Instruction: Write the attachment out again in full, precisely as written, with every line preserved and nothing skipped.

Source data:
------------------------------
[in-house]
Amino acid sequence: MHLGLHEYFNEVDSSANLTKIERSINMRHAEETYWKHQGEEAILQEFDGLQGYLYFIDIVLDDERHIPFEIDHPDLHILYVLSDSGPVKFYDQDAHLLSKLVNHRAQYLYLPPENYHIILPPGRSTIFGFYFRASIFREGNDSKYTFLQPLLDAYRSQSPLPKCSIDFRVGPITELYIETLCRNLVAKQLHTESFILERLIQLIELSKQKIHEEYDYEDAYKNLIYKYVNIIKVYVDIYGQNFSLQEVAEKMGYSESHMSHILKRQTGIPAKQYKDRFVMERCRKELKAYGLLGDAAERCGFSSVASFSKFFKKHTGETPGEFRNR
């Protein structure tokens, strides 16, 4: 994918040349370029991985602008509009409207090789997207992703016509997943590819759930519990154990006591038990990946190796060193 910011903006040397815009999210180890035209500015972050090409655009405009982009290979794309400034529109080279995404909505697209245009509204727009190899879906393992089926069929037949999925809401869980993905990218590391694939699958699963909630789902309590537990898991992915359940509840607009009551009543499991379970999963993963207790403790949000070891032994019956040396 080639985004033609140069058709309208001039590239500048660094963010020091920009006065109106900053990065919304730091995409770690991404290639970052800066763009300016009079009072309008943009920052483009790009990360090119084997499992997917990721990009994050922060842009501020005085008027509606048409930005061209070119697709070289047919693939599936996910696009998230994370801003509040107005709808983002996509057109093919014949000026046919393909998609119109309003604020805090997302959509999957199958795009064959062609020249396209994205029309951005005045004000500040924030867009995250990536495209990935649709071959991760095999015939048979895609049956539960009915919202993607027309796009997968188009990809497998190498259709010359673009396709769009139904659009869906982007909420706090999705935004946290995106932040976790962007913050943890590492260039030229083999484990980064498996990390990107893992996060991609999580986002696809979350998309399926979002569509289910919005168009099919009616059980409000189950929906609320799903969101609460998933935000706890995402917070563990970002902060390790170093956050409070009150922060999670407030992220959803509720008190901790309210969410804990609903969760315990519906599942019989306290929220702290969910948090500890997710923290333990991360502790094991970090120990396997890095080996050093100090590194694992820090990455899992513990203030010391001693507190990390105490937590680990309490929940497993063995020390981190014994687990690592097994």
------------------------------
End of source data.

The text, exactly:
[in-house]
Amino acid sequence: MHLGLHEYFNEVDSSANLTKIERSINMRHAEETYWKHQGEEAILQEFDGLQGYLYFIDIVLDDERHIPFEIDHPDLHILYVLSDSGPVKFYDQDAHLLSKLVNHRAQYLYLPPENYHIILPPGRSTIFGFYFRASIFREGNDSKYTFLQPLLDAYRSQSPLPKCSIDFRVGPITELYIETLCRNLVAKQLHTESFILERLIQLIELSKQKIHEEYDYEDAYKNLIYKYVNIIKVYVDIYGQNFSLQEVAEKMGYSESHMSHILKRQTGIPAKQYKDRFVMERCRKELKAYGLLGDAAERCGFSSVASFSKFFKKHTGETPGEFRNR
């Protein structure tokens, strides 16, 4: 994918040349370029991985602008509009409207090789997207992703016509997943590819759930519990154990006591038990990946190796060193 910011903006040397815009999210180890035209500015972050090409655009405009982009290979794309400034529109080279995404909505697209245009509204727009190899879906393992089926069929037949999925809401869980993905990218590391694939699958699963909630789902309590537990898991992915359940509840607009009551009543499991379970999963993963207790403790949000070891032994019956040396 080639985004033609140069058709309208001039590239500048660094963010020091920009006065109106900053990065919304730091995409770690991404290639970052800066763009300016009079009072309008943009920052483009790009990360090119084997499992997917990721990009994050922060842009501020005085008027509606048409930005061209070119697709070289047919693939599936996910696009998230994370801003509040107005709808983002996509057109093919014949000026046919393909998609119109309003604020805090997302959509999957199958795009064959062609020249396209994205029309951005005045004000500040924030867009995250990536495209990935649709071959991760095999015939048979895609049956539960009915919202993607027309796009997968188009990809497998190498259709010359673009396709769009139904659009869906982007909420706090999705935004946290995106932040976790962007913050943890590492260039030229083999484990980064498996990390990107893992996060991609999580986002696809979350998309399926979002569509289910919005168009099919009616059980409000189950929906609320799903969101609460998933935000706890995402917070563990970002902060390790170093956050409070009150922060999670407030992220959803509720008190901790309210969410804990609903969760315990519906599942019989306290929220702290969910948090500890997710923290333990991360502790094991970090120990396997890095080996050093100090590194694992820090990455899992513990203030010391001693507190990390105490937590680990309490929940497993063995020390981190014994687990690592097994």